Saudi Arabian GP red-flagged twice after early crashes

Formula 1's Saudi Arabian Grand Prix was red-flagged twice within 16 laps on Sunday following several crashes, with four drivers out of the race.

Listen to this article

With pole position man Lewis Hamilton having led away from the start, the race had passed without much incident before Schumacher's smash.

The Haas driver lost control of his car on the entry to Turn 22, and spun into the barriers on the outside of the circuit.

The crash triggered an immediate safety car, with Hamilton and his teammate Valtteri Bottas pitting from the front.

But third-placed Max Verstappen, who has a chance of winning the world championship at the Jeddah track, elected to stay out after being delayed on his way into the pits by Bottas ahead of him.

Red Bull's decision to keep Verstappen out appeared to have badly compromised his chances for the win, but the decision paid off handsomely moments later when F1 race director Michael Masi brought out a red flag shortly afterwards.

F1's red flag rules allow drivers a free tyre change for the restart, which means Verstappen will start from pole position with a fresh set of tyres.

Hamilton expressed his frustration over the team radio about Masi's decision to bring the red flag out, after feeling that the barriers could have been repaired without needing the race to be stopped.

The barrier repairs took little more than 10 minutes with the race set to restart 18 minutes after the red flag was brought out.

On the lap 16 restart chaos erupted again as Red Bull's Sergio Perez was spun around by the Ferrari of Charles Leclerc, while Haas driver Nikita Mazepin smashed into the back of Williams' George Russell, who was trying to take avoiding action. 

During the second standing start Hamilton took over the lead from Verstappen, only for the Dutchman to retaliate in Turn 1, although he did cross the white line in doing so.

Hamilton had to take avoiding action and dropped back to third behind Alpine driver Esteban Ocon, who had benefitted from not pitting under the first safety car.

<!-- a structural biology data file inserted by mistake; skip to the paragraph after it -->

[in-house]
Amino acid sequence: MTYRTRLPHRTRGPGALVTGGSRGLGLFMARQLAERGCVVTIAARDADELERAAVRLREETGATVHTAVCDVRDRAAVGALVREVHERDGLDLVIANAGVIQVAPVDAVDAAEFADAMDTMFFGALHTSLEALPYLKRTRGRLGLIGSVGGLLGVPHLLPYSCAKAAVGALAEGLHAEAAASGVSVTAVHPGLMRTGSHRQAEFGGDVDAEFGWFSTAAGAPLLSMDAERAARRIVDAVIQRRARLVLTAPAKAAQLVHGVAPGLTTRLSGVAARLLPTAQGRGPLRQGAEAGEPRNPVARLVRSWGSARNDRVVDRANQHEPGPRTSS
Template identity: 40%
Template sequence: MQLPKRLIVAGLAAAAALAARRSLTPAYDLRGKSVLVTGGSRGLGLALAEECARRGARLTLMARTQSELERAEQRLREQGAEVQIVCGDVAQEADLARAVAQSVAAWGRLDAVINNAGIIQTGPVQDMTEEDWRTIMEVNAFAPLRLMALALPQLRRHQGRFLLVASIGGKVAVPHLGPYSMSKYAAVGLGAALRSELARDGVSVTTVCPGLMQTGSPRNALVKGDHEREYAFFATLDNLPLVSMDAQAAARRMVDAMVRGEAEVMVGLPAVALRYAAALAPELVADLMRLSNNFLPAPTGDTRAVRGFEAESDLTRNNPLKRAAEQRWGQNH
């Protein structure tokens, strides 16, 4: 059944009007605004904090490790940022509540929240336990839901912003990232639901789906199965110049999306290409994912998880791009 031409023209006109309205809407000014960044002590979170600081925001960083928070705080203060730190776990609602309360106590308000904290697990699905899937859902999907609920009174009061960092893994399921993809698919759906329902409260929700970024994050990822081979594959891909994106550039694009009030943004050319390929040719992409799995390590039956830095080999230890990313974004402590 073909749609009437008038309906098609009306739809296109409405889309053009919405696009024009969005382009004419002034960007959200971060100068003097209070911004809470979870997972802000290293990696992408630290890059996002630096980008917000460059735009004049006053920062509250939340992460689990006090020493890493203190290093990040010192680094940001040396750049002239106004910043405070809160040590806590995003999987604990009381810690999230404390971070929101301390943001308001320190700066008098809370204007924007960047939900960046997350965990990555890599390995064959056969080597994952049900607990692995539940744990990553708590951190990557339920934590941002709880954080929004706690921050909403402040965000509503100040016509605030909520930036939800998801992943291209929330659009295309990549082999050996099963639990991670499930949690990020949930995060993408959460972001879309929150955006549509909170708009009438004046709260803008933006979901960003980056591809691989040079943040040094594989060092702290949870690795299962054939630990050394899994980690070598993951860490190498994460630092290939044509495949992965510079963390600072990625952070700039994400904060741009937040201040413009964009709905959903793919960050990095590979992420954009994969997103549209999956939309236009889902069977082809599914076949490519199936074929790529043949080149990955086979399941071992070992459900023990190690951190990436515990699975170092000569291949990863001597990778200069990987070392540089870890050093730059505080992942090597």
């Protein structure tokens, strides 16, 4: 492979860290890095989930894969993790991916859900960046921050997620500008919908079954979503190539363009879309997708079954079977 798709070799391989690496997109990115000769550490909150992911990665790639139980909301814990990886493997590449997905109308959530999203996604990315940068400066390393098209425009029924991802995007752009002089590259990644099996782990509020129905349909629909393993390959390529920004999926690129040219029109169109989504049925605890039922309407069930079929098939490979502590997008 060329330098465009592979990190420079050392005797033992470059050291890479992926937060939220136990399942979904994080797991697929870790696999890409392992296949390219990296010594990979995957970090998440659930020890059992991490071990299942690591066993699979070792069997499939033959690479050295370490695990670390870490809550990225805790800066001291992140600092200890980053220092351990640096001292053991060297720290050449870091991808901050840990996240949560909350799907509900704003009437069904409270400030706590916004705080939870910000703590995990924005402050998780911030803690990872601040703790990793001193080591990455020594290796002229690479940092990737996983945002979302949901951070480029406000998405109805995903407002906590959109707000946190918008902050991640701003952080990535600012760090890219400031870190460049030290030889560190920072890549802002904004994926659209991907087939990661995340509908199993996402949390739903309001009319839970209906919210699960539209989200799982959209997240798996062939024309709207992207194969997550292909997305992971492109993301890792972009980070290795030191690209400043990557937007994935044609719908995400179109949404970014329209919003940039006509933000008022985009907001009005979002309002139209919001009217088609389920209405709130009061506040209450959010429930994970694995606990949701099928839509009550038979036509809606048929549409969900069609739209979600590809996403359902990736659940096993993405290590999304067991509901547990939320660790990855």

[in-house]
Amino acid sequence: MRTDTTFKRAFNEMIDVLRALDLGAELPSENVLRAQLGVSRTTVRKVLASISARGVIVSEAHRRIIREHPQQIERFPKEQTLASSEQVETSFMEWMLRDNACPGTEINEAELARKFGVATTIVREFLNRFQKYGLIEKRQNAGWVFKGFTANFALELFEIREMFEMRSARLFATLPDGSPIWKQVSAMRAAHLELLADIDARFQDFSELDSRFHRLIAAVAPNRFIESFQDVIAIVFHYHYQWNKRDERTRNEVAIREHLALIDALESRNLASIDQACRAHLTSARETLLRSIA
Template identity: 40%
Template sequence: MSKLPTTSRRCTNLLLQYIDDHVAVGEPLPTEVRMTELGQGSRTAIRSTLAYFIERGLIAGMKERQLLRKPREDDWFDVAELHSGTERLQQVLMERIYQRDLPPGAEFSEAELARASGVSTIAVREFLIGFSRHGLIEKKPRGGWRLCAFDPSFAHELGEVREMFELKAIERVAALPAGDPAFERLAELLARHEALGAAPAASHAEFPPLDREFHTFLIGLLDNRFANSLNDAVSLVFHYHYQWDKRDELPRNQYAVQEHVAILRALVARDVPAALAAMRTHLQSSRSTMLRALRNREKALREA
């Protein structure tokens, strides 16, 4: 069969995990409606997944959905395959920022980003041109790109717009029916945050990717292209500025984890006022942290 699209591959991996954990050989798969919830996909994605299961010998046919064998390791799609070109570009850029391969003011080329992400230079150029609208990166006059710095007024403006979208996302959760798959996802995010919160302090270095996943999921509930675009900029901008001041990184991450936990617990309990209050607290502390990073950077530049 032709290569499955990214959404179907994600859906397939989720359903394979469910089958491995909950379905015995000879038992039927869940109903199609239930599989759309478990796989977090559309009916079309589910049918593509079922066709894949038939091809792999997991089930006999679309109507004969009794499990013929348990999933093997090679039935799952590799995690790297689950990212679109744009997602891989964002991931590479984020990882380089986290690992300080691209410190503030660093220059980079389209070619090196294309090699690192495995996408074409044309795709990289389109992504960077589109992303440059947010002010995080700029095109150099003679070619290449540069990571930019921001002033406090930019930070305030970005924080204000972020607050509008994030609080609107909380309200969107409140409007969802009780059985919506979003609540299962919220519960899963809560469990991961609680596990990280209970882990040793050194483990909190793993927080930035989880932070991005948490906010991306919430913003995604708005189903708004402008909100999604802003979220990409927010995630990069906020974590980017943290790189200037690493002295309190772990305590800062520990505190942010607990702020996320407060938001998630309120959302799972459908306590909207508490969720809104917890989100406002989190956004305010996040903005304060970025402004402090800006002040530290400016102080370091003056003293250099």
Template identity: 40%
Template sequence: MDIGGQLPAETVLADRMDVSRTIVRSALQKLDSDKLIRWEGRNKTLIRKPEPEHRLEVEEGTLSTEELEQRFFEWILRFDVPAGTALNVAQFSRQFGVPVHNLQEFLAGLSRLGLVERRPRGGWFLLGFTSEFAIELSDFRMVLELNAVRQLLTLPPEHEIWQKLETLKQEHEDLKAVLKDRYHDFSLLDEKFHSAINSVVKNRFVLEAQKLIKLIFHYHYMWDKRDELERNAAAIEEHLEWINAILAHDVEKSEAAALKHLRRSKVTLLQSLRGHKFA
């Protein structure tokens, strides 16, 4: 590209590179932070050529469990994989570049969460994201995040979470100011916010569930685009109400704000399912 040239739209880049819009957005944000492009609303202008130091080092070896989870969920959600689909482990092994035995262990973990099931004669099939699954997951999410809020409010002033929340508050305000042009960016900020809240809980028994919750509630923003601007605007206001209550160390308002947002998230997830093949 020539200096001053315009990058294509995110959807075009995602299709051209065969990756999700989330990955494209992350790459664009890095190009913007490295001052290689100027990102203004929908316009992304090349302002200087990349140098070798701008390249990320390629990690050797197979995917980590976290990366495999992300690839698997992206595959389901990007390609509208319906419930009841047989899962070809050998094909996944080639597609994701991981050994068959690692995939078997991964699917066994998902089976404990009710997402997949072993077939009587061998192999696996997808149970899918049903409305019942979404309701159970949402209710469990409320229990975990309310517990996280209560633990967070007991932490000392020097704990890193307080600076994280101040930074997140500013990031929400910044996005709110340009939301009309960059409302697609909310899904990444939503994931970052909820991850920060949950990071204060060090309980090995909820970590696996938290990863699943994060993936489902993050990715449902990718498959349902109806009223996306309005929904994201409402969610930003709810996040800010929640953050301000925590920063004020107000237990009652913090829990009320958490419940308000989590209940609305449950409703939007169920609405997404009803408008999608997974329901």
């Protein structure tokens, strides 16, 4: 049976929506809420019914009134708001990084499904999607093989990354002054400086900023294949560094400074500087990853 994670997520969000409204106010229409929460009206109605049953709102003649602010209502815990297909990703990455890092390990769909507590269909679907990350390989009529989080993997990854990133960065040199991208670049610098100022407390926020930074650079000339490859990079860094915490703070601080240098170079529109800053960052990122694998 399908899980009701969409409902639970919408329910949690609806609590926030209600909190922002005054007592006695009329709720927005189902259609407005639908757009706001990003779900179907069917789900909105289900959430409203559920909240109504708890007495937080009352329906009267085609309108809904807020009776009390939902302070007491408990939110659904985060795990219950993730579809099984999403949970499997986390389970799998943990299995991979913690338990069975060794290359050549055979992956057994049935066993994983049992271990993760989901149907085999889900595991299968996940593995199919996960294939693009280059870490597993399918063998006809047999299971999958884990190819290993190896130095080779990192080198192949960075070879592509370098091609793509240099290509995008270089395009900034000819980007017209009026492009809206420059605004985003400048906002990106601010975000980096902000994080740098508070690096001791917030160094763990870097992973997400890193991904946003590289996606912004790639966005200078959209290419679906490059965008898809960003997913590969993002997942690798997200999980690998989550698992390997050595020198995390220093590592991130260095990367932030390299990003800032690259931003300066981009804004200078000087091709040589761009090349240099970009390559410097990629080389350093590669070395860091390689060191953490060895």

shares
comments

The Saudi Arabian Grand Prix as it happened

Russell: F1 "has a lot to learn" from unnecessary Jeddah danger

Assessing Hamilton's remarkable decade as a Mercedes F1 driver

Assessing Hamilton's remarkable decade as a Mercedes F1 driver

Prime
Prime
Formula 1
Alex Kalinuackas

Assessing Hamilton's Mercedes stint Assessing Hamilton's remarkable decade as a Mercedes F1 driver

Why new-look Haas is a litmus test for Formula 1’s new era

Why new-look Haas is a litmus test for Formula 1’s new era

Prime
Prime
Formula 1
Jonathan Noble

Why new-look Haas is a litmus test Why new-look Haas is a litmus test for Formula 1’s new era

The Mercedes F1 pressure changes under 10 years of Toto Wolff

The Mercedes F1 pressure changes under 10 years of Toto Wolff

Prime
Prime
Formula 1
Alex Kalinauckas

Assessing Wolff's Mercedes influence The Mercedes F1 pressure changes under 10 years of Toto Wolff

The all-French F1 partnership that Ocon and Gasly hope to emulate

The all-French F1 partnership that Ocon and Gasly hope to emulate

Prime
Prime
Formula 1
GP Racing

The line-up Ocon, Gasly may emulate The all-French F1 partnership that Ocon and Gasly hope to emulate

Who were the fastest drivers in F1 2022?

Who were the fastest drivers in F1 2022?

Prime
Prime
Formula 1
GP Racing

Who were the fastest F1 drivers? Who were the fastest drivers in F1 2022?

Nico Hulkenberg: Why F1's nearly man is refreshed and ready for his return

Nico Hulkenberg: Why F1's nearly man is refreshed and ready for his return

Prime
Prime
Formula 1
Adam Cooper

Why Hulkenberg is ready for return Nico Hulkenberg: Why F1's nearly man is refreshed and ready for his return

Why Vasseur relishes 'feeling the pressure' as Ferrari's F1 boss

Why Vasseur relishes 'feeling the pressure' as Ferrari's F1 boss

Prime
Prime
Formula 1
Jonathan Noble

Why Vasseur relishes the pressure Why Vasseur relishes 'feeling the pressure' as Ferrari's F1 boss

The crucial tech changes F1 teams must adapt to in 2023

The crucial tech changes F1 teams must adapt to in 2023

Prime
Prime
Formula 1
Jake Boxall-Legge

F1 2023's crucial tech changes The crucial tech changes F1 teams must adapt to in 2023